Material and Methods

DATA SOURCES AND SEARCH STRATEGY:

The entirety of data employed in this study was sourced from the Science Citation Index-Expanded (SCI-E) within Thomson Reuters’ Web of Science Core Collection (WoSCC), widely acknowledged as the preeminent online database in this domain. The data search strategy encompassed the key topics of “ankylosing spondylitis,” “back pain,” and “exercise therapy” (Figure 1). The search covered publications from the last 20 years (October 16, 2004, to October 15, 2023) and was completed within a single day on October 15, 2023. Only papers published in English and categorized as articles were included, with no restrictions on the country of publication or study type [28–30]. The search strategies and results are meticulously detailed in Table 1. In total, 437 articles were retrieved, and after importing them into CiteSpace for deduplication, it was ascertained that there were no duplicate entries.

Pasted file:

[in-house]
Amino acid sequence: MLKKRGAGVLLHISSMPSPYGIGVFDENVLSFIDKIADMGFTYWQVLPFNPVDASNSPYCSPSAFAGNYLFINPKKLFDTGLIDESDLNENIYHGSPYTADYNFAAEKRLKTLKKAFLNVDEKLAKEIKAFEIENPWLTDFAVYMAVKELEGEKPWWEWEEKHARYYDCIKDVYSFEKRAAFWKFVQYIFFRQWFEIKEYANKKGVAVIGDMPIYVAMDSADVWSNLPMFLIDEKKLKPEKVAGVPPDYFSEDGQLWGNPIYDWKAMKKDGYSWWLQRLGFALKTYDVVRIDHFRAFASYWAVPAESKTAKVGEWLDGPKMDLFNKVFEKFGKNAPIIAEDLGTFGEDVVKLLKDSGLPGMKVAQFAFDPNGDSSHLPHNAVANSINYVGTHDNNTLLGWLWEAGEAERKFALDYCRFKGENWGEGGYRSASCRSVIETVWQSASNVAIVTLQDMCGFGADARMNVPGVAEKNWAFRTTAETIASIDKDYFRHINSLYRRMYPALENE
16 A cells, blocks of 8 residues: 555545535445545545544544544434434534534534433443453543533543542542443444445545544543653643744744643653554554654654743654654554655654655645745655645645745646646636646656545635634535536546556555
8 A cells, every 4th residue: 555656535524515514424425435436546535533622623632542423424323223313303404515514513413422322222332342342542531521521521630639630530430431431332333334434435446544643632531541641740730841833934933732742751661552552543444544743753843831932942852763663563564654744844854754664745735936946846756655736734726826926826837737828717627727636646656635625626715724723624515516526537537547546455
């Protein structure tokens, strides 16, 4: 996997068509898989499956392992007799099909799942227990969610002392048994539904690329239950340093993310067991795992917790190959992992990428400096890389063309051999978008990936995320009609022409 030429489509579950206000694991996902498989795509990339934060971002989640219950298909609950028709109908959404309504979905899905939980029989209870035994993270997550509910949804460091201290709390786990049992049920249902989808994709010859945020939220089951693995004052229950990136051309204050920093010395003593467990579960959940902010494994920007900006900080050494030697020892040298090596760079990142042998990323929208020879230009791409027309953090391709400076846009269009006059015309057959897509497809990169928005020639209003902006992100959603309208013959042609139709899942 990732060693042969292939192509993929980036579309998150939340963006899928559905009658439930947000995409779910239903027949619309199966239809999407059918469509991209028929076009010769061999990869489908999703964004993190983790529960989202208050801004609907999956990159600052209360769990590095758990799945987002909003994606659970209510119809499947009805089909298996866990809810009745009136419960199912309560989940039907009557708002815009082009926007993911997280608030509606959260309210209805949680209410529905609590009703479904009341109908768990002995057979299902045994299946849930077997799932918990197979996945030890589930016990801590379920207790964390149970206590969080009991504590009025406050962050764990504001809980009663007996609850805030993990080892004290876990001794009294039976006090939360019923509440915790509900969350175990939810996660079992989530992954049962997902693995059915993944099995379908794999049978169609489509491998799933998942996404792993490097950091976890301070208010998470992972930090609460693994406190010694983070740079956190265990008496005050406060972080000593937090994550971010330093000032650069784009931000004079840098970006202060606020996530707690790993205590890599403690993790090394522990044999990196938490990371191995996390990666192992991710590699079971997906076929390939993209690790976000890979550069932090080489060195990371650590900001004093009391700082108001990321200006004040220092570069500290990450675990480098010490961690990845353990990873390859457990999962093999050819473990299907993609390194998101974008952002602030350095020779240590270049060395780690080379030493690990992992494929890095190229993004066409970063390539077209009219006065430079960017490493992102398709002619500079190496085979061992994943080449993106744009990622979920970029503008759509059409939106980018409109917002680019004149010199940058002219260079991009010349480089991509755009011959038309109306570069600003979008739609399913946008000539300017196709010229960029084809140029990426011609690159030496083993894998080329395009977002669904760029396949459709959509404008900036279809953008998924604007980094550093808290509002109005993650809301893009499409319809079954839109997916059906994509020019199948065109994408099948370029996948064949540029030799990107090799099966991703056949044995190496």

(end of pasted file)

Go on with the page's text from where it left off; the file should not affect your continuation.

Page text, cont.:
ANALYSIS TOOL:

The cartographic representation produced by CiteSpace 6.2.R5 encompasses citation tree rings and interconnecting lines. Citation tree rings serve to elucidate the incidence and citation frequencies of the scrutinized documents. The hues of these rings align with the temporal dimension of citation, with thickness denoting the magnitude of citations within the respective period. Regarding the lines linking diverse nodes, their color is contingent upon the inaugural co-occurrence time of a specific node, while thickness signifies the robustness of the co-occurrence relationship. The hierarchical arrangement of network nodes is determined by their significance, gauged through the utilization of the betweenness centrality index. CiteSpace utilizes this metric to ascertain and appraise the significance of literature, symbolized by purple circles encapsulating pivotal publications, authors, journals, and institutions. Nodes with pronounced centrality and recurrent presence serve as conduits for delving into pivotal inquiries and delineating research domains of particular interest within the ambit of ET for back pain in AS.